Archive for December 5, 2022

SHAKO (December 5, 2022)

THEY KEPT ‘EM FLYING DURING FRAUGHT EVACUATION

Fifty-one members of the U.S. Air Force Air Mobility Command were awarded the Distinguished Flying Cross (DFC), at Joint Base Charleston, South Carolina, for their actions in Operation Allies Refuge — the 2021 airlift of thousands of civilians from Kabul, Afghanistan.

Distinguished Flying Crosses are lined up prior to an award ceremony at Joint Base Charleston, South Carolina, where 51 Airmen received medals for heroism during the 17-day evacuation of tens of thousands of refugees from Afghanistan. (U.S. Air Force photo by Tech. Sergeant Alex Fox Echols III) Click on photo to enlarge image.

The November 21, 2022 ceremony was the largest of its kind in decades. Among the honorees,  Captain Rhea McFarland, a 14th Airlift Squadron C-17 cargo plane pilot, and Captain Leslie Green, a 375th Air Expeditionary Squadron flight nurse, became the first female African Americans to be awarded the DFC in the 96-year history of the award, according to officials of the Distinguished Flying Cross Society.

During Operation Allies Refuge — the largest non-combatant evacuation in American history — each of the 51 Airmen flew into a dangerous environment to evacuate tens of thousands of refugees in just 17 days.

The DFC recipients included pilots, loadmasters, flying crew chiefs, and a flight nurse, according to the Air Force. Most of the 51 recipients were aircrew from the 437th Airlift Wing, who participated in the final U.S. flights in and out of Afghanistan on August 30, 2021. As they entered the airspace surrounding Hamid Karzai International Airport, air crews faced air defense artillery, flares, and heavy machine gun fire, as well as reports of rooftop snipers in the area.

Despite the dangerous conditions, crews successfully landed their aircraft without runway lighting and minimized time on the ground while loading passengers. A compromised airfield meant a risky departure, but they took off in formation with all remaining U.S. military forces accounted for and safely on board, the Air Force said.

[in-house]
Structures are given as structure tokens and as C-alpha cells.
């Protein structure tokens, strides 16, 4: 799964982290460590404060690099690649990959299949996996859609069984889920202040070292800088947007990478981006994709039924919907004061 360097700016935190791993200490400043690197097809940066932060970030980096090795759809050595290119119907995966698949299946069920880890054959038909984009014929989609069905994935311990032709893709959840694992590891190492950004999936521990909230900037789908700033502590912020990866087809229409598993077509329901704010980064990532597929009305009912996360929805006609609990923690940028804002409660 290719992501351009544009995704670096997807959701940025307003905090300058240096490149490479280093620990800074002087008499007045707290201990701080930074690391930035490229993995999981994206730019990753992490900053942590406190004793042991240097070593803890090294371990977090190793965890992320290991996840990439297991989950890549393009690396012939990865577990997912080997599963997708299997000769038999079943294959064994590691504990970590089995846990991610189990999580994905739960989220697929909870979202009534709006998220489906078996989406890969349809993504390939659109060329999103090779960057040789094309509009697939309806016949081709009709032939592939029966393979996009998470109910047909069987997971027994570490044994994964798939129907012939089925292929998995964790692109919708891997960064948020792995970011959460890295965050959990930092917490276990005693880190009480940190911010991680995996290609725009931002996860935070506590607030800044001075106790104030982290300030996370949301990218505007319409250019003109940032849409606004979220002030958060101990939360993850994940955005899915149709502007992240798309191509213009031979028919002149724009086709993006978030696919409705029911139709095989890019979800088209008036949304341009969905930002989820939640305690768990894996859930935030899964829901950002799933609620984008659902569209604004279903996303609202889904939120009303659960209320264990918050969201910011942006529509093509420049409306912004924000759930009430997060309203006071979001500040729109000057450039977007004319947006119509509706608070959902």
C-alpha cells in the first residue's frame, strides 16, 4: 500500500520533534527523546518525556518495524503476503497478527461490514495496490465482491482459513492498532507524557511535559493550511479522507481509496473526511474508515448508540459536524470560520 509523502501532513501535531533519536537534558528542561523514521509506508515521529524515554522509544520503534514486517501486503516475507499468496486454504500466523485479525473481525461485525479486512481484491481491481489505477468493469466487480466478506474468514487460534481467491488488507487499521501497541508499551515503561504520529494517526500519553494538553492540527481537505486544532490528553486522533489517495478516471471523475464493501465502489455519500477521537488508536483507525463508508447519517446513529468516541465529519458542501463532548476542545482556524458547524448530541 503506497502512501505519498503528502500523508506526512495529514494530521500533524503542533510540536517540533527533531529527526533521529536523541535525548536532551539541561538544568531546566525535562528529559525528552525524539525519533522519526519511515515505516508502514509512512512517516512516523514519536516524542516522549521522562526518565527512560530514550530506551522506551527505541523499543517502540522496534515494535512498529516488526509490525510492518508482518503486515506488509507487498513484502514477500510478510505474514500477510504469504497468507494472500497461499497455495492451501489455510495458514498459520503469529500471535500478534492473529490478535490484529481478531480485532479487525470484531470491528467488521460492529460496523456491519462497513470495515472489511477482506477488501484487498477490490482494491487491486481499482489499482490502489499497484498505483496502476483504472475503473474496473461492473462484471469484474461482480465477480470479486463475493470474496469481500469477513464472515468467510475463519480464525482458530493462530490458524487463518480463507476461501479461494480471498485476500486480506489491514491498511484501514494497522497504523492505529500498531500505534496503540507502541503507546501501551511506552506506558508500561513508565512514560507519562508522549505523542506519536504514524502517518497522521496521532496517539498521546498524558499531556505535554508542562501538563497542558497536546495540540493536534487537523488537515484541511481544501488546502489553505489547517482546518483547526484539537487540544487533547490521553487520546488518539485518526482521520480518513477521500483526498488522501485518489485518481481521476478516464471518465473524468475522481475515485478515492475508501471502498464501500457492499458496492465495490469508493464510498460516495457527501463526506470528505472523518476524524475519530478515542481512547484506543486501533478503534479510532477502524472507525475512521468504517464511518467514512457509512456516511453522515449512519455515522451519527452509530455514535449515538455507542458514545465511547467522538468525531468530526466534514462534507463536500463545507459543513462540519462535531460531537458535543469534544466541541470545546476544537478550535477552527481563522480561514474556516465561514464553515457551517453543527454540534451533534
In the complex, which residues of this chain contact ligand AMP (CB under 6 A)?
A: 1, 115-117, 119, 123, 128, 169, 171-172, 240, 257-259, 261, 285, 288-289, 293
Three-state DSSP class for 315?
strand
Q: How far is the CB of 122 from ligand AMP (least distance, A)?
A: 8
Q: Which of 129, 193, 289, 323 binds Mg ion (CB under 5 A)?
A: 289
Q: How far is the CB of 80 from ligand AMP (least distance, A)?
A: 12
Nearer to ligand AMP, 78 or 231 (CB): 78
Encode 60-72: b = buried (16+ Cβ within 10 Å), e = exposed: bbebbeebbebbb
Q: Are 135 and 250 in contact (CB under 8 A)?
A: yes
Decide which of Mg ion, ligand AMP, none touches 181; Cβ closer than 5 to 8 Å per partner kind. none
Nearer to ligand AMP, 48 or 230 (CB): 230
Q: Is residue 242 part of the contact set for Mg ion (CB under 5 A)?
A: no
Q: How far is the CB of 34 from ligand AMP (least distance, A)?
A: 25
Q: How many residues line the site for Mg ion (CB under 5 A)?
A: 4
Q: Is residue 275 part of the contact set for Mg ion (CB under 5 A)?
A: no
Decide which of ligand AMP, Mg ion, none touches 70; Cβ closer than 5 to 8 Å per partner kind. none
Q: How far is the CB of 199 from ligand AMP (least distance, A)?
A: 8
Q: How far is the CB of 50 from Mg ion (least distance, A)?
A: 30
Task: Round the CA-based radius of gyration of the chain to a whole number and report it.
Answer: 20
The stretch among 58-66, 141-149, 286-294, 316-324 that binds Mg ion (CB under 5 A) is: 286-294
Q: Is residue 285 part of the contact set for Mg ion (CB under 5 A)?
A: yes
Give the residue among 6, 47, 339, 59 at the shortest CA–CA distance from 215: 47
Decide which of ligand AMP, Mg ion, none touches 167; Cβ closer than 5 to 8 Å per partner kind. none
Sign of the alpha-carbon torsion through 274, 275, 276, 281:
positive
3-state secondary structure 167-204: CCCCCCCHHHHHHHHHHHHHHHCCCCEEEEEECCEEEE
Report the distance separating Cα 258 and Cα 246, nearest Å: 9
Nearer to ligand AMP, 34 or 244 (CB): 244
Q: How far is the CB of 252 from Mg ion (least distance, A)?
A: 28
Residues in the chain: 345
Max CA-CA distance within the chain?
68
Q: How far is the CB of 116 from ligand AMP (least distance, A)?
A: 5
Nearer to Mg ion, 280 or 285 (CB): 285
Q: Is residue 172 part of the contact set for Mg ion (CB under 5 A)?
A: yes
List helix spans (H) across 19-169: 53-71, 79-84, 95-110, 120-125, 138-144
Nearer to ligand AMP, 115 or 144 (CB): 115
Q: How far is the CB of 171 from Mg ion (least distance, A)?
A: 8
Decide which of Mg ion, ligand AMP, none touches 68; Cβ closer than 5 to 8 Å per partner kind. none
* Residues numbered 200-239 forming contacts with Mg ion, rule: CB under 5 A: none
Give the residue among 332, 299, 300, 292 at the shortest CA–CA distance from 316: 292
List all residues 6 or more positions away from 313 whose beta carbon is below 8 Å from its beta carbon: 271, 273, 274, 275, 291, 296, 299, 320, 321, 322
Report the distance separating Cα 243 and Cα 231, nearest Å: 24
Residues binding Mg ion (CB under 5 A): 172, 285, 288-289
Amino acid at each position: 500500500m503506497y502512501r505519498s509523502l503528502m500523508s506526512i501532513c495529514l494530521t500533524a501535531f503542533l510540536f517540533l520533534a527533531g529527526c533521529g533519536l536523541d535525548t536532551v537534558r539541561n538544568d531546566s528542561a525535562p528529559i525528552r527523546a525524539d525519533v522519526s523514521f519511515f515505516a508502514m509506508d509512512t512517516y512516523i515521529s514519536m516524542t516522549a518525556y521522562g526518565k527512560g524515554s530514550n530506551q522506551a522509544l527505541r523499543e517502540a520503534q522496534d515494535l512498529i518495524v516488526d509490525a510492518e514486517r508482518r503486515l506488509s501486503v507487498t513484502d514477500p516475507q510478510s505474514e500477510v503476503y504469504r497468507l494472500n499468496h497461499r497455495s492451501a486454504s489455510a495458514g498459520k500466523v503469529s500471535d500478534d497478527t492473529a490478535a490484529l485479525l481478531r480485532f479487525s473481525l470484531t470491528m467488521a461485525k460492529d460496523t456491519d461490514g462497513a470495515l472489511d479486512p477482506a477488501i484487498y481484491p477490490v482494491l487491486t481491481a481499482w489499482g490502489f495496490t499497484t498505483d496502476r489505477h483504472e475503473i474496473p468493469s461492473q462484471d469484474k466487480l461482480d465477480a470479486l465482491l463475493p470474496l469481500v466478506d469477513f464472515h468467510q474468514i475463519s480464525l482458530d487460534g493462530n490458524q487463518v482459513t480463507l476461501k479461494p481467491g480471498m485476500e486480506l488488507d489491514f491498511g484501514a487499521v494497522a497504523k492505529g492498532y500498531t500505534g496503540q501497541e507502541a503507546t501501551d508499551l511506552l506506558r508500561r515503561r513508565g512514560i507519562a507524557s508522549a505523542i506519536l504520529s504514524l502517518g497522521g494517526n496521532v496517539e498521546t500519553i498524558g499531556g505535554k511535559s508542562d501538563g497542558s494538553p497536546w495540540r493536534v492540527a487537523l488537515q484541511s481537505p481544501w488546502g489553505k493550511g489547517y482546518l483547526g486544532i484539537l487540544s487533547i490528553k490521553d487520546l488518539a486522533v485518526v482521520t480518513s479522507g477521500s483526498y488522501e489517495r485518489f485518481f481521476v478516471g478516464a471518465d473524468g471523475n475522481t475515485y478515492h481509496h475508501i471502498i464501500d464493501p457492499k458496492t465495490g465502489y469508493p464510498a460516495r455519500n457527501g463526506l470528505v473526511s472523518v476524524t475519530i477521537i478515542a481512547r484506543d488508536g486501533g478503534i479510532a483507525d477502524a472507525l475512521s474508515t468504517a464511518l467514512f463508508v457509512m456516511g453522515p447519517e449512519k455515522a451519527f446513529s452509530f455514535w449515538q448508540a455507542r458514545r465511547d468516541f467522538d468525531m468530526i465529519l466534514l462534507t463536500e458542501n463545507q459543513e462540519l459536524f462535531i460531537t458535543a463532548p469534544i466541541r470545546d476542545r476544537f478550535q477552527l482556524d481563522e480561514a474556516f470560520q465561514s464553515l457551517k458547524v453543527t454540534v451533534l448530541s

Distinguished Flying Cross recipients pose for a photo in front of a C-17 Globemaster III aircraft after receiving their medals. With a total of 51 recipients, the Nov. DFC ceremony was the largest of its kind in decades. (U.S. Air Force photo by Tech. Sergeant Alex Fox Echols III). Click on the photo to enlarge image.

During the ceremony, General Mike Minihan, head of Air Mobility Command, also presented DFCs to a 315th Air Wing crew for successfully delivering a baby while in flight. With limited medical equipment and only one trained medic on board, the team delivered the baby and cared for the mother and child while also evacuating 456 other vulnerable Afghans.

The DFC, authorized by congress on July 2, 1926, is the fourth highest award for extraordinary achievement, after the Silver Star Medal and before the Bronze Star Medal. It is also the highest award for heroism while participating in aerial flight.

A list of the 51 airmen receiving the DFC at the November 21 ceremony Joint Base Charleston can be found here.

The awards presented by Minihan are among 96 DFCs and 12 Bronze Stars approved in a September awards board held by U.S. Air Forces Central Command for actions during the chaotic evacuation of non-combatants as Kabul fell to the Taliban last summer. Thirteen American service members — 11 Marines, one Navy ((medical) Corpsman and one Soldier — were killed by a suicide bomber at the airport’s Abbey Gate. Forty-five others were injured and 170 Afghans died in the blast as well.

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SHAKO is an occasional 4GWAR posting on military history, traditions and culture. For the uninitiated, a shako is the tall, billed headgear worn by many armies from the Napoleonic era to about the time of the American Civil War. It remains a part of the dress, or parade, uniform of several military organizations like the corps of cadets at the U.S. Military Academy, West Point, New York in the photo.

December 5, 2022 at 11:00 pm Leave a comment


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